REVIEW: POSTCOLONIAL LOVE POEM – NATALIE DIAZ (GRAYWOLF PRESS)
I have never encountered a writer more capable of balancing softness and strength. These poems are quiet and technical and precise, yet the speaker never feels weak or timid. Rather, there is an everpresent sense that the rage lingering just beneath the lines may bare its teeth.
REVIEW: HOMIE – DANEZ SMITH (GRAYWOLF PRESS)
These poems are beautiful and messy and surprising and honest; they are everything a storied friendship is.
REVIEW: BOAT BURNED – KELLY GRACE THOMAS (YESYES BOOKS)
I found myself walking away from it often, not out of discontent but out of a need to process the full brunt of the emotions laid bare by the author.
It is not just a book of confessions, but of acceptance that we can be beautiful and flawed and problematic and good, that the only thing we ought to require of ourselves is the permission to be fully human. Buddy no longer apologizes for fucking things up.
These poems make clear that Olayiwola, current poet laureate of Boston, is just beginning what is sure to be a long and much-lauded tenure in American poetics.
#TPQ5: RONNIE K. STEPHENS
What will Ronnie K. Stephens, a poet, novelist, and essayist with five kids and a pregnant wife, include in today’s #TPQ5? FInd out inside!
This book is, quite simply, indispensable. My only lament is that it does not fit in my pocket, as it is the kind of collection one wishes to have with them at all times, the sort that reminds one how to live with equal parts grief and grace.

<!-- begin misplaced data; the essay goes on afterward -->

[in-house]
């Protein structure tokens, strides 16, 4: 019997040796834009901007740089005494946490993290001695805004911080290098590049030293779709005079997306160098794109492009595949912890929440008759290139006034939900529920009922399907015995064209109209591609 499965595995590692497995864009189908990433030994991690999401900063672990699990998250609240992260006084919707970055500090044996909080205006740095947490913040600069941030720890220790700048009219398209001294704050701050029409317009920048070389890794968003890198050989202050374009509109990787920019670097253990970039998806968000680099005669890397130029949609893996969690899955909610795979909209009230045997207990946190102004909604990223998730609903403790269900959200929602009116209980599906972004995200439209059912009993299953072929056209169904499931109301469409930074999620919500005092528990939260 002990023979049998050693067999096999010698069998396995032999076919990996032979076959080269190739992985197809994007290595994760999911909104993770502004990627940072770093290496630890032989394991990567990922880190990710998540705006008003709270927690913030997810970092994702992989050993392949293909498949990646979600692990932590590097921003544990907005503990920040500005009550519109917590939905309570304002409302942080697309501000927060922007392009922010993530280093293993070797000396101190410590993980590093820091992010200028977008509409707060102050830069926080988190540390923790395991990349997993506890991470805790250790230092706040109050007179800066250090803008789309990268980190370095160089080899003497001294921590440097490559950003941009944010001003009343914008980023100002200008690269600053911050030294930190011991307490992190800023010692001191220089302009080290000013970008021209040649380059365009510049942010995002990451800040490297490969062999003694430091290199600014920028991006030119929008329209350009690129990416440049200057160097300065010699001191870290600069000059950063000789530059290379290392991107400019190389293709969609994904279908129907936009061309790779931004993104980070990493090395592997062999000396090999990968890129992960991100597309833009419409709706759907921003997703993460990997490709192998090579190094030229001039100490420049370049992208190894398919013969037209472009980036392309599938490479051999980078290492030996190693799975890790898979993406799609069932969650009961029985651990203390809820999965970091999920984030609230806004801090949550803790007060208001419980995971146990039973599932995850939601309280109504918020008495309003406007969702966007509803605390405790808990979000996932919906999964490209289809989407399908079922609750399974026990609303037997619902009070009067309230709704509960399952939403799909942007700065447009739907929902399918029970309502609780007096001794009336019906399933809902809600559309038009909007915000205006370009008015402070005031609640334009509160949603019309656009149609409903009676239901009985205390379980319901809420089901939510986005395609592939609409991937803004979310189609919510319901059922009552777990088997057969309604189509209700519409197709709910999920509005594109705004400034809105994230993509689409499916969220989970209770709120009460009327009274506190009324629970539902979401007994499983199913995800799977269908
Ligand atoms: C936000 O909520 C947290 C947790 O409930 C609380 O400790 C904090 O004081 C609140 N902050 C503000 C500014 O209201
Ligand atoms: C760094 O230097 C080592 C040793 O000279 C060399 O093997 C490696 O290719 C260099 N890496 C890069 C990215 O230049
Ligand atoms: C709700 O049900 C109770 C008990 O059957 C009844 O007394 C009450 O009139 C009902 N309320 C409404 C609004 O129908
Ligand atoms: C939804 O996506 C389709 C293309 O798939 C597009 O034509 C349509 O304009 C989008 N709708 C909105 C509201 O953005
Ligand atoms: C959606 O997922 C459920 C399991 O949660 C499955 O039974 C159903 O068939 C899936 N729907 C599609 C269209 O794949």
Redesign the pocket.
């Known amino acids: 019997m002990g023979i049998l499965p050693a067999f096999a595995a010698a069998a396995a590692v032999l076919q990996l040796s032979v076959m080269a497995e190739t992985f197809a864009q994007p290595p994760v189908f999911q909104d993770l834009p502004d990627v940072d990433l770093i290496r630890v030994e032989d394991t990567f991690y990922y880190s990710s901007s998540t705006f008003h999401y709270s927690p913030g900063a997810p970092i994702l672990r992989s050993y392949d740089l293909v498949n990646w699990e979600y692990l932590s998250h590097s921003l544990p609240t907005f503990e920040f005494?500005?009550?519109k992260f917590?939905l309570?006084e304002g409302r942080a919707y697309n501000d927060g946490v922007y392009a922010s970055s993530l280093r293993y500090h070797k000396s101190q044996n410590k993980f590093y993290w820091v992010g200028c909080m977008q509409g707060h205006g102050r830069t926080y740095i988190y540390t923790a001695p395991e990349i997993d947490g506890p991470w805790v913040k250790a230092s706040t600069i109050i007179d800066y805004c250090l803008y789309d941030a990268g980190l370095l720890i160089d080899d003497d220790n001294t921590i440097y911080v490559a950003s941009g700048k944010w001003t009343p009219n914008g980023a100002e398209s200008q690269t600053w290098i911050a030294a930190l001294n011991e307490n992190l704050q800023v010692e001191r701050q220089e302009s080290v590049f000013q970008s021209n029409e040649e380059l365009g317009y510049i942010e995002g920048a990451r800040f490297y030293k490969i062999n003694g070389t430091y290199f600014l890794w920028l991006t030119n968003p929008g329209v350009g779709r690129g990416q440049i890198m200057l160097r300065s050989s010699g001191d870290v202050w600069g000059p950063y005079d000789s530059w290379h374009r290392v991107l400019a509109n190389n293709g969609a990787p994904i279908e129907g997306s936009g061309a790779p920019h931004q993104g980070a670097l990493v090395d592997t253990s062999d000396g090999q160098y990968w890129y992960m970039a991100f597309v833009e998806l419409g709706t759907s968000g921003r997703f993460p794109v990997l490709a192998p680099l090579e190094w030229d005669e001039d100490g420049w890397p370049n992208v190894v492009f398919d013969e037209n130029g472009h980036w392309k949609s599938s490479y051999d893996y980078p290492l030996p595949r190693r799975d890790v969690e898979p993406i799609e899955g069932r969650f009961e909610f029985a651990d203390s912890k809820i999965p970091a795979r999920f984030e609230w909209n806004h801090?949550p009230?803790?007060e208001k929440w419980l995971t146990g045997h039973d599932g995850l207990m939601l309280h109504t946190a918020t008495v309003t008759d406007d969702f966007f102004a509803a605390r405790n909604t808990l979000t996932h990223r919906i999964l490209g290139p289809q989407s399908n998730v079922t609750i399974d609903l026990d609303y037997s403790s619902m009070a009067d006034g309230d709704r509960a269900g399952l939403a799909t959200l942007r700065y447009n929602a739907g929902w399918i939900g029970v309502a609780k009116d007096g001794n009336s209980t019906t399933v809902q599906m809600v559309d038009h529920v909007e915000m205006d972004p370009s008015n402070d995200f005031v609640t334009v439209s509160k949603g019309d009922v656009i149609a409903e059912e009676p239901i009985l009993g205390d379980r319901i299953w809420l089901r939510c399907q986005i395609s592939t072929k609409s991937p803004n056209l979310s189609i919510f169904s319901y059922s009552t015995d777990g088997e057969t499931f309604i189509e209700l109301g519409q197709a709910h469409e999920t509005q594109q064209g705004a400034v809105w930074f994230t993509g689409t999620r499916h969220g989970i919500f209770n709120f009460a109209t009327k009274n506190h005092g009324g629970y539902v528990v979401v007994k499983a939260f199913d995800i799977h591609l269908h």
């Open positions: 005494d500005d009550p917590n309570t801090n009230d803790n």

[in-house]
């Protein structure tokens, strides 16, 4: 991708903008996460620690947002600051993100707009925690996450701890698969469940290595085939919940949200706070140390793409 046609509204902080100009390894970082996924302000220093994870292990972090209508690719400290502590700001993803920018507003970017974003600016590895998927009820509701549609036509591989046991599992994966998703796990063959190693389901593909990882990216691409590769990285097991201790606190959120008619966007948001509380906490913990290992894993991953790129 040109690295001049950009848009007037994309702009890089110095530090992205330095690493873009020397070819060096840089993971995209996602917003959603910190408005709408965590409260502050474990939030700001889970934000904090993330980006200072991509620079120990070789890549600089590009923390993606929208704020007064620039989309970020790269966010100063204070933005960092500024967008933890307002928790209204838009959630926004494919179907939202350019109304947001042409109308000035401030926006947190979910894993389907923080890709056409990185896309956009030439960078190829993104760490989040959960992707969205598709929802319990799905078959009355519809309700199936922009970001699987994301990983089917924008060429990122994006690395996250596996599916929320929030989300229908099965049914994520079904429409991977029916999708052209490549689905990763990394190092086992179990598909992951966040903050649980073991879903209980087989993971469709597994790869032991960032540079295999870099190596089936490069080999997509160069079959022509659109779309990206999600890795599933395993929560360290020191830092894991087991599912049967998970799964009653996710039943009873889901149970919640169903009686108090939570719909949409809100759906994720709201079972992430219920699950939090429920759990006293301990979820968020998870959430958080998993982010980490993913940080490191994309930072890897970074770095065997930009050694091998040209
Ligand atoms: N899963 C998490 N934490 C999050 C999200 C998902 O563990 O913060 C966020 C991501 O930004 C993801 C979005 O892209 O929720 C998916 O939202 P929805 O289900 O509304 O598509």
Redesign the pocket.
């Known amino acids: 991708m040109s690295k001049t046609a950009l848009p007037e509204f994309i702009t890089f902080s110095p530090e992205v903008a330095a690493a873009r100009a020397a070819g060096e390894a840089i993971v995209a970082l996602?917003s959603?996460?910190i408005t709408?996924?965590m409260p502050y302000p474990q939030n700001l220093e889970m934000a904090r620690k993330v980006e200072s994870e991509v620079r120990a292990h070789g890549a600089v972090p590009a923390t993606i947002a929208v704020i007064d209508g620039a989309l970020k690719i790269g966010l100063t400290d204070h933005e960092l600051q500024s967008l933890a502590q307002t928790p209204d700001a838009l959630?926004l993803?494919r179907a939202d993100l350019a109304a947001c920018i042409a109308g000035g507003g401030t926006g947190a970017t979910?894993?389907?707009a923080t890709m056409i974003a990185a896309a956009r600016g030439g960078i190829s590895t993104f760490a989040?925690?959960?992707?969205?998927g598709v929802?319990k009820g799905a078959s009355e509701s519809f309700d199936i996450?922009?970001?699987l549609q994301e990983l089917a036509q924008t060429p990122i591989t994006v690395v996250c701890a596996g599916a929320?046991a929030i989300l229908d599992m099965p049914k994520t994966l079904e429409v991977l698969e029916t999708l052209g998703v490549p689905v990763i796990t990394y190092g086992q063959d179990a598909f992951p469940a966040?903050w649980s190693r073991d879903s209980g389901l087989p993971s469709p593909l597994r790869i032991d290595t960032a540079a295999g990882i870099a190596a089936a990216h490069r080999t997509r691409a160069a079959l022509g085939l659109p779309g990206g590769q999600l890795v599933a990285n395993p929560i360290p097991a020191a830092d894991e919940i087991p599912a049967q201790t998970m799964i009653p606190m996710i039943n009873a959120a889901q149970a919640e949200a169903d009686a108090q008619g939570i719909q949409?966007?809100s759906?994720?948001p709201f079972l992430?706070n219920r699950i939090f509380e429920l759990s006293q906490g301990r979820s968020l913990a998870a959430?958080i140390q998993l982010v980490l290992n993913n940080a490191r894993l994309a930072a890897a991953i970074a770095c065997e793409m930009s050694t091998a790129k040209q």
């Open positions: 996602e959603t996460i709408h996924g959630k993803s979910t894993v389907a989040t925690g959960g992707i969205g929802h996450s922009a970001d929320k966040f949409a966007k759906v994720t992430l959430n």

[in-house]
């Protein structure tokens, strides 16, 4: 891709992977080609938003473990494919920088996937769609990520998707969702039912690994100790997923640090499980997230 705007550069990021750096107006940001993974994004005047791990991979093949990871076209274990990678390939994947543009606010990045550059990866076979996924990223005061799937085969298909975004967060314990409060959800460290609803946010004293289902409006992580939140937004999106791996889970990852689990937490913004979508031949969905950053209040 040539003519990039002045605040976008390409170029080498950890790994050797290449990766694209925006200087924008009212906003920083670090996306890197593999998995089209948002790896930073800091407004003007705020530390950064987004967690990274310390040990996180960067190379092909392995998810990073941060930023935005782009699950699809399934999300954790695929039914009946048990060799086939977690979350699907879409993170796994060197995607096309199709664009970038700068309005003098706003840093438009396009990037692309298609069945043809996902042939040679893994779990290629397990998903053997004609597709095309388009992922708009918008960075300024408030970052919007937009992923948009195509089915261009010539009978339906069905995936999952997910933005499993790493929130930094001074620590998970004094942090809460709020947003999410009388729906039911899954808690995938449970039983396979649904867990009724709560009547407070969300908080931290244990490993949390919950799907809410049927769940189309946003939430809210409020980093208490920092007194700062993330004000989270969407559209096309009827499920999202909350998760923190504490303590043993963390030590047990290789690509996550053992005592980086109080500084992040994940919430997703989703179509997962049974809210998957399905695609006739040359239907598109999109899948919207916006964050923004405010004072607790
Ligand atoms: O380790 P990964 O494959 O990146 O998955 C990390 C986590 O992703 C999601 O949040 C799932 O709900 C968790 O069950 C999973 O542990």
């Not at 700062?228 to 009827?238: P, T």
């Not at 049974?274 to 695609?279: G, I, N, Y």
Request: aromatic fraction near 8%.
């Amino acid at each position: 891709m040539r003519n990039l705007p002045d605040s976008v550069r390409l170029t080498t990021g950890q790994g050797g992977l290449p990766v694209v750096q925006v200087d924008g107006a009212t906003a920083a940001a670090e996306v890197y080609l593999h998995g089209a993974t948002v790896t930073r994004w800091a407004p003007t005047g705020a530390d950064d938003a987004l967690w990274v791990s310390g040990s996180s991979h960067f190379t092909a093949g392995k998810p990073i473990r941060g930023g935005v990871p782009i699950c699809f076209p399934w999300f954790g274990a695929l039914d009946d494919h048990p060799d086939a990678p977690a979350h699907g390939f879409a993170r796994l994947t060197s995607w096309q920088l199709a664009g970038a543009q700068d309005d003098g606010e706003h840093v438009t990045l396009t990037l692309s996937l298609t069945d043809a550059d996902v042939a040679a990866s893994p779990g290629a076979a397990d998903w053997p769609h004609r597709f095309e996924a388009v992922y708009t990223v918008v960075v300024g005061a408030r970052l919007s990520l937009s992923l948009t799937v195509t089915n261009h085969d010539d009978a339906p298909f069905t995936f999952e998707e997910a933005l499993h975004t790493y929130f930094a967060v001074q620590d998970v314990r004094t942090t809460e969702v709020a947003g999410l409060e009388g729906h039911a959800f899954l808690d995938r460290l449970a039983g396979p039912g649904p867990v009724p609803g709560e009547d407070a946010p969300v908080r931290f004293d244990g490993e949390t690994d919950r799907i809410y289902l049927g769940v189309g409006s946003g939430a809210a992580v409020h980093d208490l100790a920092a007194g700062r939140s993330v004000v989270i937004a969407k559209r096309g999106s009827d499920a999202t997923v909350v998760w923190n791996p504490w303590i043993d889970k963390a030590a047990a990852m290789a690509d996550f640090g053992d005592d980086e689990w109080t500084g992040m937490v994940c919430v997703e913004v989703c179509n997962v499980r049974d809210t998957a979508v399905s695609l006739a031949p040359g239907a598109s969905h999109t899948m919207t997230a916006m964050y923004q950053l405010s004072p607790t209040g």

he visceral memories echo Sharon Olds and Rachel McKibbens, taking on a confessional style that does not flinch at trauma but also makes space for complexity of loving one’s parents even as abuse continues.
REVIEW – SPACE STRUCK BY PAIGE LEWIS (SARABANDE BOOKS)
In a year of absolutely gorgeous verse, Paige Lewis sets themselves apart, at once informed by the masters of craft and entirely unique in their own right. This is a collection you won’t want to miss.
REVIEW: CAN I KICK IT? – IDRIS GOODWIN (HAYMARKET BOOKS): The lines are sometimes swift, sometimes heavy, but there is always a discernible rhythm which propels the reader forward with deliberate, measured pace.
The writing is as vulnerable as it is nuanced, as arresting as it is confounding. Oliver de la Paz is not afraid to leave the reader reaching for meaning, in effect mimicking the very experiences that compelled the allegory in the first place.
these poems are tender and honest and complex. The speaker turns a critical gaze on himself often, acknowledging his part in the distance that grew between himself and his lover.
Through poems predicated on the Turing Test structure, Choi introduces the reader to questions that test not just whether or not the respondent is sentient, but also seek to undermine the humanity of specific identities in daily life.
In short, this book is a microcosm of identity politics, giving faces and names to those who must learn how to exist in various spaces simultaneously.
One thing that distinguishes Kaminsky from many poets writing in English is that his poems are never just rage, never just fear, never just joy or whimsy or lust. Instead, Kaminsky’s lines are fraught with the full, messy truth of humanity.